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THE EFFECTIVENESS OF ARTIFICIAL INTELLIGENCE IN SIMPLIFICATION OF ARBITRATION PROCEEDINGS: FICTION OR SEVENTH SEAL IN THE WORLD OF ARBITRATION?

by Eoin Treacy

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Eoin Treacy THE EFFECTIVENESS OF ARTIFICIAL INTELLIGENCE IN SIMPLIFICATION OF ARBITRATION PROCEEDINGS: FICTION OR SEVENTH SEAL IN THE WORLD OF ARBITRATION? SUMMER & FALL 2022 Int’l J. L. Ethics Tech. 2 (2022).
Available at: https://doi.org/10.55574/MLVV6370

Author Information: Eoin Treacy, Penn State Law, University Park, Pennsylvania

Abstract: The term “online arbitration” has several meanings but is most often used to describe an arbitration conducted using remote communication technologies between the participants in the process. In this age of ubiquitous computing, discussing their use may seem redundant and obvious. In the proceedings held under the auspices of the world’s leading arbitration institutions, modern remote communication technologies are widely used. For example, correspondence between the parties to the process (parties, arbitrators, office) is carried out by e-mail; procedural documents and evidence are submitted electronically; organizational meetings and interrogations of witnesses, and sometimes entire hearings, are conducted by telephone or videoconferencing; hearing transcripts are often stored using LiveNote systems, which allow attendees to view transcripts in real-time. With the spread of electronic document management, the disclosure of electronic evidence (e-discovery) is increasingly being used. The current project will mainly discuss the development of AI in Commercial Arbitration and its influence and impact on the speed and cost of arbitral proceedings. In the first part of the work, I will focus on the history and origins of AI in Arbitration mentioning the impact of COVID-19 and partial transfer to virtual hearings. Also, it will provide some data from UNCITRAL and ICC about virtual hearings. The second part of the work discusses and argues on effectiveness and efficiency of virtual hearings in arbitration, including translation and transcriptions during proceedings. I will analyze whether the e-discovery reflects on confidentiality and privacy matters. Third, I consider the most critical ones because they discuss the most problematic issue – arbitrators selection. Undoubtedly that 50 % of the cases on jurisdiction arise from arbitrator’s challenge, which reflects on speed and sufficiently increases costs of the Parties. After discussing the selection tools, I decided to consider replacing arbitrators with AI, which deprived of objective or any possible challenge possible causes. Although I cover arbitration matters, in this Part, I want to provide with comparative analysis of the litigation process – judge selection and its possible replacement with AI. The conclusion will provide weaknesses and possible problems with these issues, including relevant solutions or ideas to discuss.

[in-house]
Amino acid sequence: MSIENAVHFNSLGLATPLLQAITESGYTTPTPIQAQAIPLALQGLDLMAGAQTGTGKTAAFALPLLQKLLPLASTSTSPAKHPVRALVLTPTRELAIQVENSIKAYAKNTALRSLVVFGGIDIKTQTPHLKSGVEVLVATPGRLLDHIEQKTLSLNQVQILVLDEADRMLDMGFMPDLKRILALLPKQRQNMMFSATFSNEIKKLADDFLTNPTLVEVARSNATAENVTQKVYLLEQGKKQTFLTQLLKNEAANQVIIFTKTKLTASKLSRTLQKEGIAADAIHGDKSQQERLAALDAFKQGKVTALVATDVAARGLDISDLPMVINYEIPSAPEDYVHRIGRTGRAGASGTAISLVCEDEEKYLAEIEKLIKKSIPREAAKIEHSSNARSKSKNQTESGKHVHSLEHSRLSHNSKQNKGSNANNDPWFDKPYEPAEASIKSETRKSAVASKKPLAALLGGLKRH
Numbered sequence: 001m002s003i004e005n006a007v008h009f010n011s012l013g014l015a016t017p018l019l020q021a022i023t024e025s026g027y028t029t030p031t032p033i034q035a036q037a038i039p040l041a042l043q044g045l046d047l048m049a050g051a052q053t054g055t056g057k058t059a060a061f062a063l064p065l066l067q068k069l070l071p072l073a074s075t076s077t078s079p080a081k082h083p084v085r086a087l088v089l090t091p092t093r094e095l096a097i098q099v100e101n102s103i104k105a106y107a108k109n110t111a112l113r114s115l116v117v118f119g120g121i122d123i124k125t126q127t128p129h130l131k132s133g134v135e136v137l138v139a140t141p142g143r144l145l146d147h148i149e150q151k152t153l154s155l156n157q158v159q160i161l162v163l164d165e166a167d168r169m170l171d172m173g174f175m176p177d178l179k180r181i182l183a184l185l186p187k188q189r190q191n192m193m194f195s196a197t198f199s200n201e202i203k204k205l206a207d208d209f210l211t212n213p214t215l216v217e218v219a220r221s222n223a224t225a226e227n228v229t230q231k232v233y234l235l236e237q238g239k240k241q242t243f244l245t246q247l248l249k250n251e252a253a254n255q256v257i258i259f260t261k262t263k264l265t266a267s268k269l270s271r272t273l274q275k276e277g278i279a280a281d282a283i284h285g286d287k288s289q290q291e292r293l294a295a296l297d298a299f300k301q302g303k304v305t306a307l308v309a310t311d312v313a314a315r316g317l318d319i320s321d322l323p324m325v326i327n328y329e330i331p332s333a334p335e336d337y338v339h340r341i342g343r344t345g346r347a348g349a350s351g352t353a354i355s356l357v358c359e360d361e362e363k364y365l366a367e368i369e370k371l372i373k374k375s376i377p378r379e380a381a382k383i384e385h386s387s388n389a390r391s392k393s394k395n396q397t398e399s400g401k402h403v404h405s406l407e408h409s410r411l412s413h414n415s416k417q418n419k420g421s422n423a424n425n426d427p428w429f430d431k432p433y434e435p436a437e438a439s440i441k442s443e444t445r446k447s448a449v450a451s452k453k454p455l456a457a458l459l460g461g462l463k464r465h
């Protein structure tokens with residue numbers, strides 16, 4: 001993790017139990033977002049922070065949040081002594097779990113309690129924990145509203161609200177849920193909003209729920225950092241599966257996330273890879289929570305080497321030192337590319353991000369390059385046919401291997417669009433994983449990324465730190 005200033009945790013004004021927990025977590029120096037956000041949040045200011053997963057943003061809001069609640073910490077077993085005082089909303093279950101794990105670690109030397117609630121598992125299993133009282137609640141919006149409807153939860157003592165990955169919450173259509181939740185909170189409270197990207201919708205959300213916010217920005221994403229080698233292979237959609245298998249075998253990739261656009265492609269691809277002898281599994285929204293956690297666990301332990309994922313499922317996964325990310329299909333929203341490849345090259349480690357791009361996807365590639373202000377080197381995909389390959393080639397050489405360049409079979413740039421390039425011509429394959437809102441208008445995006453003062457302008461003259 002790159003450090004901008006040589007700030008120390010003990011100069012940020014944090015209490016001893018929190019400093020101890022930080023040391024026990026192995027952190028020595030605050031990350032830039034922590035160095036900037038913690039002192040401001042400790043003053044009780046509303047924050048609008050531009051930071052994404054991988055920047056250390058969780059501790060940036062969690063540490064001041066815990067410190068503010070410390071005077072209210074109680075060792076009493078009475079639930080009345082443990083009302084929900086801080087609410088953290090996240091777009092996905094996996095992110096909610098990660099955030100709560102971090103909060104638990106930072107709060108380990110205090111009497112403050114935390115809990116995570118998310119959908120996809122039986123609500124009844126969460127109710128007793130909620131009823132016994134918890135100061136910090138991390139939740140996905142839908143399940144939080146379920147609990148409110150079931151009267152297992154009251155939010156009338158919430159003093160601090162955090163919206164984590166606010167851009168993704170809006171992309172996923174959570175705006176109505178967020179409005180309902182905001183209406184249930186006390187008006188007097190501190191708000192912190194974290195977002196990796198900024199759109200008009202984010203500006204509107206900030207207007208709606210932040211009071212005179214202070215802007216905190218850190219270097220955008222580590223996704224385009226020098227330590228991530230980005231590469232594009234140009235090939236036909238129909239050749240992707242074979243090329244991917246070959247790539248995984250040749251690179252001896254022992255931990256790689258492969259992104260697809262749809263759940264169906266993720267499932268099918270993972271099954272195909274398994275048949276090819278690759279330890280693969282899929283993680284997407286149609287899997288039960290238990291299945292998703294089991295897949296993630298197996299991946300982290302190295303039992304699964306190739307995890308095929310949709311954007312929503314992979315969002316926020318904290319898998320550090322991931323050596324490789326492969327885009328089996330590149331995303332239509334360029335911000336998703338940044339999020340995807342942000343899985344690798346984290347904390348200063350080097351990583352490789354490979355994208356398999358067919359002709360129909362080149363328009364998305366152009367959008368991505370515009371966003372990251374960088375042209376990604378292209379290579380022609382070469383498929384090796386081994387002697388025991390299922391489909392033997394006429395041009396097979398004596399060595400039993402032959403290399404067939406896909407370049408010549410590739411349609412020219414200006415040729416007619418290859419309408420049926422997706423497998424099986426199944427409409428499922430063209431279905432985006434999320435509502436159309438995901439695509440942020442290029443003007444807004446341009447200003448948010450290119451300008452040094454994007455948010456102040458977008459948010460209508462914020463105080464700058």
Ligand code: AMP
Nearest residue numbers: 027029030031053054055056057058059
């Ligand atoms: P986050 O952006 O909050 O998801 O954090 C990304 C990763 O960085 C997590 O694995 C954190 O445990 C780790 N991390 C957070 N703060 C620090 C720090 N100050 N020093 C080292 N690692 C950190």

Keywords: Artificial Intelligence, E-Discovery, Covid-19, Online Arbitration, ADR, ODR, Arbbot

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Attribution 4.0 International (CC BY 4.0)

Persistent link: 

https://www.ijlet.org/2022-2-137-147/

DOI: https://doi.org/10.55574/MLVV6370

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